Click here to download the new MyTeams App by NBC Sports! Receive comprehensive coverage of your teams and stream the Bulls easily on your device.

Kris Dunn's midrange game has disappeared, and that's spelled disaster for his overall game

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USA TODAY

Kris Dunn's midrange game has disappeared, and that's spelled disaster for his overall game

No player was happier to return home from the Bulls' 0-5 West Coast road trip than Kris Dunn.

Dunn began the trip with a nice 15-point, seven-assist performance in Portland but was a disaster in the remaining four games, averaging 7.0 points on 31.4 percent shooting and 5.0 assists.

But his struggles continued on Wednesday night against a tough Miami Heat defense. Dunn started strong but disappeared after the first quarter, finishing with 6 points on 3 of 14 shooting and 5 assists in 33 minutes. The scoring output marked the fourth time in the last five games he's scored 6 points and the shooting was his worst of the year.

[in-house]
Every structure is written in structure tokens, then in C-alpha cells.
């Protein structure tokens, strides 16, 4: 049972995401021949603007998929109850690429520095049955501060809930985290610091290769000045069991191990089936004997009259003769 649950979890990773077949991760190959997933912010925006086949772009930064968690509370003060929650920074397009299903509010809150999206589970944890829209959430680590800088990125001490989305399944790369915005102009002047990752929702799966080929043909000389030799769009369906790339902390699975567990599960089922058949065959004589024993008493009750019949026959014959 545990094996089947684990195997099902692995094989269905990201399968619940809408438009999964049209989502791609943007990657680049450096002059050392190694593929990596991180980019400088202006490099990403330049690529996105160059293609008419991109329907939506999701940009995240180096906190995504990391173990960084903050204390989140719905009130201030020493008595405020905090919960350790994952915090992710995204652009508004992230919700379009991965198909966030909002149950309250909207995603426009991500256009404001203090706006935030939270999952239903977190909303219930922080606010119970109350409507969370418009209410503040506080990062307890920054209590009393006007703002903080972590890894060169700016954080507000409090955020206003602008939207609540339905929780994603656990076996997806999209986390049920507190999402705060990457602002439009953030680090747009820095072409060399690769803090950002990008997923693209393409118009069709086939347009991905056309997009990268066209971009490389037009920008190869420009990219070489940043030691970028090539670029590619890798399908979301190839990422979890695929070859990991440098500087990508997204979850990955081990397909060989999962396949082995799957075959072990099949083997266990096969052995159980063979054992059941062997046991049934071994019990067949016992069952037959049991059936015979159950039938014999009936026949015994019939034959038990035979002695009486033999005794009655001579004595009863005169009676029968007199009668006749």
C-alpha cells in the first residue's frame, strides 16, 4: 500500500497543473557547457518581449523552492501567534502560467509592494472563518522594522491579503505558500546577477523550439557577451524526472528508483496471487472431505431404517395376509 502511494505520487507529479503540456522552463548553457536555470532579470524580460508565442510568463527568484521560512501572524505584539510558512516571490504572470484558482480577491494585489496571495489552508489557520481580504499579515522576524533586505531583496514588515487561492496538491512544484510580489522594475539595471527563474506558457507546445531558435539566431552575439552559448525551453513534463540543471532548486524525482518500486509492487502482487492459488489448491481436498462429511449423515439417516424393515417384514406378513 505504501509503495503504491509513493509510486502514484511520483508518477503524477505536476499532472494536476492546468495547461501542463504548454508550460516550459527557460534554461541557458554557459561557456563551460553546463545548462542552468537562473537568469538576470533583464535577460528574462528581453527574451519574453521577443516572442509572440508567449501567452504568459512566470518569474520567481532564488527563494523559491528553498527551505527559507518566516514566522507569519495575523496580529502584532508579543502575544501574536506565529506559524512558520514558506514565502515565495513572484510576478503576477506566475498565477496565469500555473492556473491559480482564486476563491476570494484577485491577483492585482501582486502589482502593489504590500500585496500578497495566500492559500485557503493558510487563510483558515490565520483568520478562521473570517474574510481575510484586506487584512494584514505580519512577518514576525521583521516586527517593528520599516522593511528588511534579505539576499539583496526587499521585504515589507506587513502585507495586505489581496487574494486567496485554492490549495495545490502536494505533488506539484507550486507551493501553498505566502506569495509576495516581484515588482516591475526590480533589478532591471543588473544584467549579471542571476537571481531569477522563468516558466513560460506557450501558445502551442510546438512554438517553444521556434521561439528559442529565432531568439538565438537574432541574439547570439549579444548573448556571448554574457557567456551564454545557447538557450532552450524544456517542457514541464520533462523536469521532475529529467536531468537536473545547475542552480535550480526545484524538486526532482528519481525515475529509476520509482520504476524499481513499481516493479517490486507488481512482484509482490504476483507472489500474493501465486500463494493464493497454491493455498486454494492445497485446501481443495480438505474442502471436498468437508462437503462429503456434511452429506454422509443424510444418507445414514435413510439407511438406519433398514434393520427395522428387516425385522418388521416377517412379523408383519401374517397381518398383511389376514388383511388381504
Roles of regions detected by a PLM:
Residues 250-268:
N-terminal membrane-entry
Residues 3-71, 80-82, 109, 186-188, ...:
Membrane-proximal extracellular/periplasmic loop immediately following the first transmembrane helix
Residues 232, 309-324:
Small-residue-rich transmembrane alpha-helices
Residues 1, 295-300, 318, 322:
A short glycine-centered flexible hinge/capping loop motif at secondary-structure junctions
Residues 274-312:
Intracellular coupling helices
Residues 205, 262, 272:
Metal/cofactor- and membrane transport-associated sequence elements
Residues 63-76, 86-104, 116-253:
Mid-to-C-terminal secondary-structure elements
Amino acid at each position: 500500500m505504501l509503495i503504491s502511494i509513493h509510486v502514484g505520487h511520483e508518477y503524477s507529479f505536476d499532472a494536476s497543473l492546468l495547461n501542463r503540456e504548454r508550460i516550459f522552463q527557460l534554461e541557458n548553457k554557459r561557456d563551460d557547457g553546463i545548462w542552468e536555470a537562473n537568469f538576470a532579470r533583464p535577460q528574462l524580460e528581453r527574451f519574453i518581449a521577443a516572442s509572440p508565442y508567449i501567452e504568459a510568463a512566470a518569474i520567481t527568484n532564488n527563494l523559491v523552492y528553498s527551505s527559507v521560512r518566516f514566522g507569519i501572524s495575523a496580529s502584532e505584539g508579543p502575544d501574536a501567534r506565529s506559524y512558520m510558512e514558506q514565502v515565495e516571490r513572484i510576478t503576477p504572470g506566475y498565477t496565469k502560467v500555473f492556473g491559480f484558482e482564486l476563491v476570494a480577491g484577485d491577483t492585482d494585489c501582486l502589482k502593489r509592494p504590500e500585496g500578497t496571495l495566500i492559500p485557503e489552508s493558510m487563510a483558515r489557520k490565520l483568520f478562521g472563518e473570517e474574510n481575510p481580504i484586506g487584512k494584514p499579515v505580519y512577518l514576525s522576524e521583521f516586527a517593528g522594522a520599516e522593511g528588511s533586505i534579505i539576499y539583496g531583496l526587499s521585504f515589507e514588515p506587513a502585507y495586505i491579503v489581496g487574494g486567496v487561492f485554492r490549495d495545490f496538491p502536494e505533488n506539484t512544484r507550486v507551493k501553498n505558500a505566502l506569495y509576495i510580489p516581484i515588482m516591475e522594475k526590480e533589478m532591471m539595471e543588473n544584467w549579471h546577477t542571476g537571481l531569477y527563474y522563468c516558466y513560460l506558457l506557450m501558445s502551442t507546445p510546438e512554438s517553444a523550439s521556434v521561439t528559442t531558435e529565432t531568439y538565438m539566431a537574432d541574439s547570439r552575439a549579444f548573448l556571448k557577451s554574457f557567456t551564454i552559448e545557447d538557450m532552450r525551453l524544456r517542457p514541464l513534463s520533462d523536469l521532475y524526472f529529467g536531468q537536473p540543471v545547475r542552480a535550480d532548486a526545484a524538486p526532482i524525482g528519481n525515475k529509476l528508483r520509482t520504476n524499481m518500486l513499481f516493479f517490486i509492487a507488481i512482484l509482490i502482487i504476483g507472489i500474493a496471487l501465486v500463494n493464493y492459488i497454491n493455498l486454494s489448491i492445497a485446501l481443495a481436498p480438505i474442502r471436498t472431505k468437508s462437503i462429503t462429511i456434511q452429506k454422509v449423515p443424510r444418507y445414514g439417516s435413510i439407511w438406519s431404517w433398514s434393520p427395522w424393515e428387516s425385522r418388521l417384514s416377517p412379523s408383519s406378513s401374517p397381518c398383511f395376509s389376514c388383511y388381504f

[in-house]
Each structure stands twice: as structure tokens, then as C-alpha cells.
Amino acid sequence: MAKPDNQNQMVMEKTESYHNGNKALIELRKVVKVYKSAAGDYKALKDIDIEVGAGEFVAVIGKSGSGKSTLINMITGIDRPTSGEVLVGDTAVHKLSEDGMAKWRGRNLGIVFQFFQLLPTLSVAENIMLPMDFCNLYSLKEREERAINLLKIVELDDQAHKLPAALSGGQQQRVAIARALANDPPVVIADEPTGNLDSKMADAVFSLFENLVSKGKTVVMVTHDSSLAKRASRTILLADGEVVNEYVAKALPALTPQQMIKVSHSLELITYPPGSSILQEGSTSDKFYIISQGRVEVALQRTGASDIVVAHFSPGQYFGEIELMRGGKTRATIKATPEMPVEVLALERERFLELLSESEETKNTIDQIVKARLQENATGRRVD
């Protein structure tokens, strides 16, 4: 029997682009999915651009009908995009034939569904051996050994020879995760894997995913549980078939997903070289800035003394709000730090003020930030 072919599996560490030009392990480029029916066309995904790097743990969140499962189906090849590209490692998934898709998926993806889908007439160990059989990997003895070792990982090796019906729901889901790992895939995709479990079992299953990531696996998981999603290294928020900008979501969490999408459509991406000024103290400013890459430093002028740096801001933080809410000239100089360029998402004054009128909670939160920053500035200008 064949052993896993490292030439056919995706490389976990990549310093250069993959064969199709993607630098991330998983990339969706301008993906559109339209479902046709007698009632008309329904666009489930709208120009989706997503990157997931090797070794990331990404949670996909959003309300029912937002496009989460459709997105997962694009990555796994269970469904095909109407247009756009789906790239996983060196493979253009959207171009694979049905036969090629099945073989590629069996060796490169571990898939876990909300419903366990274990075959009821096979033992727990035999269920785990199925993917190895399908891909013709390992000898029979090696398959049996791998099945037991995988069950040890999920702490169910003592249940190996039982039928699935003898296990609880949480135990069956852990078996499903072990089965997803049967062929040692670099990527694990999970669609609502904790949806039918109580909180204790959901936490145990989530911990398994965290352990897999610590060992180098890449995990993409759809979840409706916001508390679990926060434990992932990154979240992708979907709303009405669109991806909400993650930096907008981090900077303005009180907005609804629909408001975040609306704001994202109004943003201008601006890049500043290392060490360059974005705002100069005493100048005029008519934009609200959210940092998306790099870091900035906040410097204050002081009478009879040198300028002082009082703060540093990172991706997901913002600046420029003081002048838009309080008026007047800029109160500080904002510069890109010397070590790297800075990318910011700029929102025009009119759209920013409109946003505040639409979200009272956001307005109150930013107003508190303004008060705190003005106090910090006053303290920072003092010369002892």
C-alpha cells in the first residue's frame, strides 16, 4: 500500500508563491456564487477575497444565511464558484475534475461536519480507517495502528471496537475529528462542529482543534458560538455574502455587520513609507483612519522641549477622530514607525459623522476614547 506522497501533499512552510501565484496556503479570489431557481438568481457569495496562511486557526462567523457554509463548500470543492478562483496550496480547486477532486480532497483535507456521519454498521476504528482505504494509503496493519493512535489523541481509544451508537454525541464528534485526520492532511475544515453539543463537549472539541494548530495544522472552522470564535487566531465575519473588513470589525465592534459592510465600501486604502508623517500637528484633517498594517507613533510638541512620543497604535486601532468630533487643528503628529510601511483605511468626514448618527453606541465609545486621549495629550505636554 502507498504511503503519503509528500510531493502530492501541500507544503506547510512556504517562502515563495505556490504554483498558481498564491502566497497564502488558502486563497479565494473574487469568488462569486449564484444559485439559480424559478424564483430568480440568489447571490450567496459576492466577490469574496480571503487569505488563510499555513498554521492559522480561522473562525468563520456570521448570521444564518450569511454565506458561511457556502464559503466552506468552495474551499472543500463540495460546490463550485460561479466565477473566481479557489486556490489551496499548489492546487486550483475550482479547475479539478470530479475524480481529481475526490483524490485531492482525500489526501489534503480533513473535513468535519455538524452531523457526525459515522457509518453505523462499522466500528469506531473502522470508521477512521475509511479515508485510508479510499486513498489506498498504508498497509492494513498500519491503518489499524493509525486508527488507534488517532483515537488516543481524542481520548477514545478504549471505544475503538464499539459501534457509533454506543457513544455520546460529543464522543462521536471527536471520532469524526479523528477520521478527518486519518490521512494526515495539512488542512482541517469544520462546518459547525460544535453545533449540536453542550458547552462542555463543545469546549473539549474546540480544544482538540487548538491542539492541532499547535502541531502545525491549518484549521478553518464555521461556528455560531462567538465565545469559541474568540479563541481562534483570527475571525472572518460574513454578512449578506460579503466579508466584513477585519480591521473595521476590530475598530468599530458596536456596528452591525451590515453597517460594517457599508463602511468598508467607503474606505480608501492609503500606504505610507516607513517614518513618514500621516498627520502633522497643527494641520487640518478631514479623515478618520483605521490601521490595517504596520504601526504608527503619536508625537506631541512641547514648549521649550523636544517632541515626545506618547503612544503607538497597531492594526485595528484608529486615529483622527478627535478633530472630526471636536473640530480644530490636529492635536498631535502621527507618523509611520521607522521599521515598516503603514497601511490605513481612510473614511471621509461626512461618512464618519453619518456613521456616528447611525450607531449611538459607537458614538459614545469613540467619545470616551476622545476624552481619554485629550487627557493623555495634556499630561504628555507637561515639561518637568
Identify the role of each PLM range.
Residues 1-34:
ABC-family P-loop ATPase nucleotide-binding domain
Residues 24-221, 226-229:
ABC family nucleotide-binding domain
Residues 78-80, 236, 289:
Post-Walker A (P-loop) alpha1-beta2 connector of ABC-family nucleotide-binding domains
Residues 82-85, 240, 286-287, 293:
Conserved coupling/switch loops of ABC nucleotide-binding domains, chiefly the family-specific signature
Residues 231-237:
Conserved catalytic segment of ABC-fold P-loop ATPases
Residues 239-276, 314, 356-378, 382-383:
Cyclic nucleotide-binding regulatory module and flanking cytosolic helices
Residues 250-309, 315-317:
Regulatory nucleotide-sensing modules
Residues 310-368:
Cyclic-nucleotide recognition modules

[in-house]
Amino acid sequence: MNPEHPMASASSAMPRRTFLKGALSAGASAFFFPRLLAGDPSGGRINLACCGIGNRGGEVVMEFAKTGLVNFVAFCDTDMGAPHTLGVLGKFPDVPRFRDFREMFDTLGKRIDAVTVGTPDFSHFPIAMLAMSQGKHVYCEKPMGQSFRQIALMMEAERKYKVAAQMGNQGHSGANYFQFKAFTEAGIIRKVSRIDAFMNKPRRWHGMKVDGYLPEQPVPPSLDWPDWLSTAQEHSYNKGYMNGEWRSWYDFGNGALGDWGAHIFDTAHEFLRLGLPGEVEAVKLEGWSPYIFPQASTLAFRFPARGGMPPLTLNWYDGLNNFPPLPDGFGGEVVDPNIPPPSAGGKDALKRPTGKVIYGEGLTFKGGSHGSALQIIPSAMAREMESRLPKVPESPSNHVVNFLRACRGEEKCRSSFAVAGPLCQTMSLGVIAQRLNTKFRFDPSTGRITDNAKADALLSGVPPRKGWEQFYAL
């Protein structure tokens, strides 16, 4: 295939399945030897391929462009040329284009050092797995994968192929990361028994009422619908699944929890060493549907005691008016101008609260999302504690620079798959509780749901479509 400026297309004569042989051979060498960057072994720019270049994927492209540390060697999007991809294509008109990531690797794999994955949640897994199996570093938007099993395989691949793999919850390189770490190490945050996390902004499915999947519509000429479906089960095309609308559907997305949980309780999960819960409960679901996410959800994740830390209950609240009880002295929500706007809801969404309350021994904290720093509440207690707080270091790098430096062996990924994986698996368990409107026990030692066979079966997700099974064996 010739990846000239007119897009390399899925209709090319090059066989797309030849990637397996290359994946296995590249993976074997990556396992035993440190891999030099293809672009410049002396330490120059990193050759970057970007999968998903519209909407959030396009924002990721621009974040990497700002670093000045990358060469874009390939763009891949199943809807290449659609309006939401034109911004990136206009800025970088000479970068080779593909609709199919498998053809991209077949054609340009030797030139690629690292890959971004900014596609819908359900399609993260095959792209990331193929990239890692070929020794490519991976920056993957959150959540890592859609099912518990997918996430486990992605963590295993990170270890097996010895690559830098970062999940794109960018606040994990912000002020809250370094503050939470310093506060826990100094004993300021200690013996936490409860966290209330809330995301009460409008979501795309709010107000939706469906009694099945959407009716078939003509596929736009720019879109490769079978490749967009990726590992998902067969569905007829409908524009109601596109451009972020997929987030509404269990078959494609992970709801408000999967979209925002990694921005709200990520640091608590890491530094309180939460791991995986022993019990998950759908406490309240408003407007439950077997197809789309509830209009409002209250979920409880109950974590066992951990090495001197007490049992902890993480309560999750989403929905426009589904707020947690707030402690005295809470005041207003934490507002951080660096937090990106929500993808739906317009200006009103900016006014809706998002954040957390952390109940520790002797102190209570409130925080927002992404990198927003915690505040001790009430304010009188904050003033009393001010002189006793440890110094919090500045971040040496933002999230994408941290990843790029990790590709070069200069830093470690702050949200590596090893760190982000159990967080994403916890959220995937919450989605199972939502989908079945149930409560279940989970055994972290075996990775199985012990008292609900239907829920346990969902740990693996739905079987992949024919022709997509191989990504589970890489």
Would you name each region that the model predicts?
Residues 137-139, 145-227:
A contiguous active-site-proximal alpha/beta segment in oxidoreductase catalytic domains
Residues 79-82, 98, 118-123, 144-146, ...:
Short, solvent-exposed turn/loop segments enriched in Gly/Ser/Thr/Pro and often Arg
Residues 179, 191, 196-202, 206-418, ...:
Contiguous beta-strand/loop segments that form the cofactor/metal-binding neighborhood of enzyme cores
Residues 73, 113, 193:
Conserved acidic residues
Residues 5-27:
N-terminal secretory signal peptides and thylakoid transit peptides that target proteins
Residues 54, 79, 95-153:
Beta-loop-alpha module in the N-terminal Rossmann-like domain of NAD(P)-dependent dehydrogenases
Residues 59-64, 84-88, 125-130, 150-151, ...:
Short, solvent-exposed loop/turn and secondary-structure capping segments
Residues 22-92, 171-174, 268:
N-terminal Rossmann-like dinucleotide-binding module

"Definitely going through it," Dunn said after the game. "It's part of the NBA. It's on me to find a way to get out of it. I feel like I'm getting to my spots and it's just not knocking down right now."

Dunn is getting to his spots, but that also might be part of the problem. In his first 13 games back from a sprained MCL he averaged 14.2 points on 50 percent shooting. That included 54 percent shooting on shots 8 to 16 feet away, per NBA.com. That number led the Bulls and was actually fourth in the NBA among players attempting at least 2 of those shots per game (Gay, Clarkson, McConnell were ahead of him) and ahead of players like Kyrie Irving (51.8%), Donovan Mitchell (50%) and Derrick Rose (49%).

But since that West Coast trip began Dunn has hit a wall on those shots. He's made just 30 percent of those attempts, 56th best among those with 2 or more attempts per game. It's only a five-game sample size, compared to 13 when that shot was falling, but the larger issue is that Dunn relies so heavily on them.

Among qualified full-time starting point guards, Dunn's 1.4 3-point attempts per game are second fewest. Only Ben Simmons, who hasn't attempted a 3-pointer this year, is behind Dunn.